- The Washington Times - Thursday, August 2, 2001

Democrats are expected to hand President Bush his first defeat on a nomination today when a Senate panel votes on Mary Sheila Gall to lead the Consumer Product Safety Commission.

"We don't have a requirement to confirm anybody the president sends up, especially on an issue as important as this is to children," said Senate Majority Leader Tom Daschle.

Sen. Hillary Rodham Clinton, is leading the opposition to Miss Gall. Congressional sources say Mrs. Clinton has decided to make the nomination her first high-profile stand as a lawmaker.

Senators in both parties said they expected a party-line vote in the Senate Commerce, Science and Transportation Committee, although Democrats confirmed Miss Gall unanimously for a second term on the commission in 1999.

"They're rallying around Hillary," a Senate Republican aide said of the Democrats.

Said a White House official yesterday of the Gall nomination, "There's no way we're going to be able to pull this off. This is politics at its worst."

Senate Republicans, are considering ways to force Mr. Daschle to let the full Senate vote on the Gall nomination in the fall. That strategy could include holding up spending bills, but a Senate Republican leadership aide stressed that such a decision won't be made until after the August recess.

Mr. Daschle yesterday all but closed the door on a vote by the full Senate if the committee rejects Miss Gall's nomination.

"It's rare that people, outside of the judiciary, come to the Senate floor after a [failed] committee vote," he said. "I can't think of a time, at least in recent years, where once the committee has taken action, that we've done anything else."

A friend and supporter of Miss Gall said yesterday the nominee has no intention of withdrawing her name if the committee rejects her.

"She's not backing down at all," the friend said. "And she's well aware of the edict Senator Daschle has passed along that this is a vote on party loyalty."

The three-member commission is charged with conducting research into consumer products, creating and enforcing standards for safety, and issuing recalls for products it deems unsafe. Some of its higher-profile recalls are on child-safety grounds.

One of the few committee Democrats who had not announced his intentions, Sen. John B. Breaux of Louisiana, said yesterday that he probably would oppose Miss Gall's nomination.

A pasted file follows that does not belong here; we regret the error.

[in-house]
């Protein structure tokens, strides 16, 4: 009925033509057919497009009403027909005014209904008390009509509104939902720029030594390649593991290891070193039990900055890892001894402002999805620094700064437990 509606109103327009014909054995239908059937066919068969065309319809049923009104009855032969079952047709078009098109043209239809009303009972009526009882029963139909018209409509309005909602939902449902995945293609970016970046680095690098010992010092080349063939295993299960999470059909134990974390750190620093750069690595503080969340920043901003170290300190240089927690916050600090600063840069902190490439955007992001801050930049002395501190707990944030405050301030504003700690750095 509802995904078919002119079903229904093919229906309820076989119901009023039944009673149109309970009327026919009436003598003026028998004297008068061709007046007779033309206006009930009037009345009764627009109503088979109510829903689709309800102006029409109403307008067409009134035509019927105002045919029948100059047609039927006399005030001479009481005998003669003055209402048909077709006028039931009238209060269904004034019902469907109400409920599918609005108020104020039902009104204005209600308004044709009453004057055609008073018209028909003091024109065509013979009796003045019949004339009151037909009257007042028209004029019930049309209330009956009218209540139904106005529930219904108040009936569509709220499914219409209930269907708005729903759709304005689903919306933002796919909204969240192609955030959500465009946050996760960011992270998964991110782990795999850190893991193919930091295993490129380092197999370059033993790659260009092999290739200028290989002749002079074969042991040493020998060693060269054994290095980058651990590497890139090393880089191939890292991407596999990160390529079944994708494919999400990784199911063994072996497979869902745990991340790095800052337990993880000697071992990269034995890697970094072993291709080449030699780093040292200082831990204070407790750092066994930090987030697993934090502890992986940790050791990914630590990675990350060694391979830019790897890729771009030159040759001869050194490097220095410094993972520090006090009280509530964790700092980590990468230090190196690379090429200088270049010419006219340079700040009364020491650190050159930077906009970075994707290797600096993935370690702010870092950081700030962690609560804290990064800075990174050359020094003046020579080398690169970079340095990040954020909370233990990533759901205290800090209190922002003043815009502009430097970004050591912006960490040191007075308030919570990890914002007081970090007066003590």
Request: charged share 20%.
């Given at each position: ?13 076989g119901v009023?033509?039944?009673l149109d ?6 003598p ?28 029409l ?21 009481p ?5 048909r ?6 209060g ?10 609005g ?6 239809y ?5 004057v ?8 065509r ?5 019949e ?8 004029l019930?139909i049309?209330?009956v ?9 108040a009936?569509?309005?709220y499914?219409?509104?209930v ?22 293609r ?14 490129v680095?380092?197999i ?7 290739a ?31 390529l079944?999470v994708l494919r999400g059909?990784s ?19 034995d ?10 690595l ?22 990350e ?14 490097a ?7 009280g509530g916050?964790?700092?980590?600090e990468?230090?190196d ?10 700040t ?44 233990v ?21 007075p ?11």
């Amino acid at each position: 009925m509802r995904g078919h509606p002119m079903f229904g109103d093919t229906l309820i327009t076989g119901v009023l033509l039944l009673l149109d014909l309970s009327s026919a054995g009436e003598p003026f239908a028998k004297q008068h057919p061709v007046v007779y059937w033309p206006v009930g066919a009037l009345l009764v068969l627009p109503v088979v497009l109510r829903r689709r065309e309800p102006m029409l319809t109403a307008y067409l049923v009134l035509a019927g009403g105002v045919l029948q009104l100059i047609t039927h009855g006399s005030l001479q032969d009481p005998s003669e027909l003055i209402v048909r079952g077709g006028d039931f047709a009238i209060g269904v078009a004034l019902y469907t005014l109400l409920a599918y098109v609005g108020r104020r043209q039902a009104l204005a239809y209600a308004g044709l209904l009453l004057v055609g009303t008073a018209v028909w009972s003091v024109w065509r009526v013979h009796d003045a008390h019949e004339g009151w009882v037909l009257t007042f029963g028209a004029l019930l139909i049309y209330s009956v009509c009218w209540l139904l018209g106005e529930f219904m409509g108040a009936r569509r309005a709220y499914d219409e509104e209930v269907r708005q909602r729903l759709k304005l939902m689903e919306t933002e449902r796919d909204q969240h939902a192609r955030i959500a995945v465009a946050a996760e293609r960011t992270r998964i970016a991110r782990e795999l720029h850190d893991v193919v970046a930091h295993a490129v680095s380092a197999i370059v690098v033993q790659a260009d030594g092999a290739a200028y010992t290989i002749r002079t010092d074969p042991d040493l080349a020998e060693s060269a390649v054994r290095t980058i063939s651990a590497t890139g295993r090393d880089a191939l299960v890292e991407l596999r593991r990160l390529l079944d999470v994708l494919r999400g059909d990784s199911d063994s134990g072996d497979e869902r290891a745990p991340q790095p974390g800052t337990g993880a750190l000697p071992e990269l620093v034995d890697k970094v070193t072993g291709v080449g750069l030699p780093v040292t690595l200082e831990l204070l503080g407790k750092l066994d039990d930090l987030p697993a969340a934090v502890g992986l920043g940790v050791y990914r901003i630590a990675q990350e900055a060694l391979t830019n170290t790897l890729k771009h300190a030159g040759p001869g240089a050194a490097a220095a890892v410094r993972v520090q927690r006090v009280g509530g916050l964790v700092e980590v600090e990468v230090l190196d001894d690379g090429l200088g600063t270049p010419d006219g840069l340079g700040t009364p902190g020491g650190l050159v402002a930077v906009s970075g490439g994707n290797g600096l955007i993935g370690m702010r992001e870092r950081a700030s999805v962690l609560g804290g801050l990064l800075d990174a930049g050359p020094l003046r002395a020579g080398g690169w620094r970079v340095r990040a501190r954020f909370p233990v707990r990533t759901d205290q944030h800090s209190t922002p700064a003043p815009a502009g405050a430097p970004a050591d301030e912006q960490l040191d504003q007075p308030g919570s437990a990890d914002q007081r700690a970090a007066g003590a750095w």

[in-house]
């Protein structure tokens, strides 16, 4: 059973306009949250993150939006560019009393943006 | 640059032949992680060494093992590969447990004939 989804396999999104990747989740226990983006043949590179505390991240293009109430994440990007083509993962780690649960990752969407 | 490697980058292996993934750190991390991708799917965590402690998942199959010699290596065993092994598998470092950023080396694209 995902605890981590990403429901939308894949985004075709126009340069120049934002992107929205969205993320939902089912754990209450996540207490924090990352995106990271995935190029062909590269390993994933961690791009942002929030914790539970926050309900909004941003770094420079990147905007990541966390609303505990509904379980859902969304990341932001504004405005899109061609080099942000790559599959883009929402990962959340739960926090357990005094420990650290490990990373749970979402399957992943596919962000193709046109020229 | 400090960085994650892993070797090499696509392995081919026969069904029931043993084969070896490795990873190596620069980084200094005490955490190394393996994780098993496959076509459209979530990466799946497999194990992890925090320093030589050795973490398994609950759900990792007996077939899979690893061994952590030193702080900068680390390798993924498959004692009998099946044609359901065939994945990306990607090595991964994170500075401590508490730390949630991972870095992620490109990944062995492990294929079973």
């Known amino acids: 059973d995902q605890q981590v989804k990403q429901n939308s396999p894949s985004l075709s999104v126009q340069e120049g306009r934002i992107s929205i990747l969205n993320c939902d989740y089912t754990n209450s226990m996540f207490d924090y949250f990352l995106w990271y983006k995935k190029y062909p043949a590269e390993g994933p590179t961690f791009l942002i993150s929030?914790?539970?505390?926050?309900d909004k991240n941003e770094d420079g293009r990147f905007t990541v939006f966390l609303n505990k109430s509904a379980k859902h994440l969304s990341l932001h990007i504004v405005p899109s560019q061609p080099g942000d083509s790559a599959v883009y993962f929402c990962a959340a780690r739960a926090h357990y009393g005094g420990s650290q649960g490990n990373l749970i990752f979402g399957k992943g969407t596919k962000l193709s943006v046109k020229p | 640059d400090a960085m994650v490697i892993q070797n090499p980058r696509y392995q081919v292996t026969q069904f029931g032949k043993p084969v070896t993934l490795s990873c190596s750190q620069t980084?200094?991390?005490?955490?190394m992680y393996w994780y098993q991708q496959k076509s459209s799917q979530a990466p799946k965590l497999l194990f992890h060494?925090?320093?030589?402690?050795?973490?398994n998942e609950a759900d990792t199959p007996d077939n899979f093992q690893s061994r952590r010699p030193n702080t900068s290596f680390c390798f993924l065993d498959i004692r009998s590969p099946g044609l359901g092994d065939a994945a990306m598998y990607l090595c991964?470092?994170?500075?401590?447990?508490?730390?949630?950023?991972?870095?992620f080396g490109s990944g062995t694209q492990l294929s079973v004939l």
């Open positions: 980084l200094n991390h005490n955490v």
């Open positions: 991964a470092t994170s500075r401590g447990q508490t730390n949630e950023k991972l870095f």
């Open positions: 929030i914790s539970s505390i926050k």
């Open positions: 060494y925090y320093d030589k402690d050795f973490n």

He said sometimes product designs don't discourage unsafe use, while he sees Miss Gall's default position as assuming a product's user was in error.

Democrats said that difference matters particularly for the commission's chairman and where children are involved.

"I think she's very personable," Mr. Daschle said. "But I have to say her positions on safety, specific especially to children, make her ability, it seems to me, to chair the commission an impossibility."

Sen. Peter G. Fitzgerald, Illinois Republican, said yesterday before an unrelated news conference with Mrs. Clinton that he will support Miss Gall.

"I think that she is qualified," Mr. Fitzgerald said. "Nothing that has been presented by the opposition rises to the level of the Senate not confirming her. I think some of the opposition to her is probably overblown, but you're not going to bring that up at this press conference with Hillary Clinton, are you?"

Mrs. Clinton, who is close to agency Chairman Ann Brown, reiterated her opposition.

"I think it's important to note that Consumers Union, a totally nonpartisan, independent group that publishes Consumer Reports, came out against this nomination, the first time ever in their history to take such a stand," she said.

Senate Minority Leader Trent Lott of Mississippi is working with the White House to demote Mrs. Brown from the chairman's post regardless of Miss Gall's fate. The Republicans hope this threat will dissuade Democrats from denying Miss Gall the top spot on the commission.

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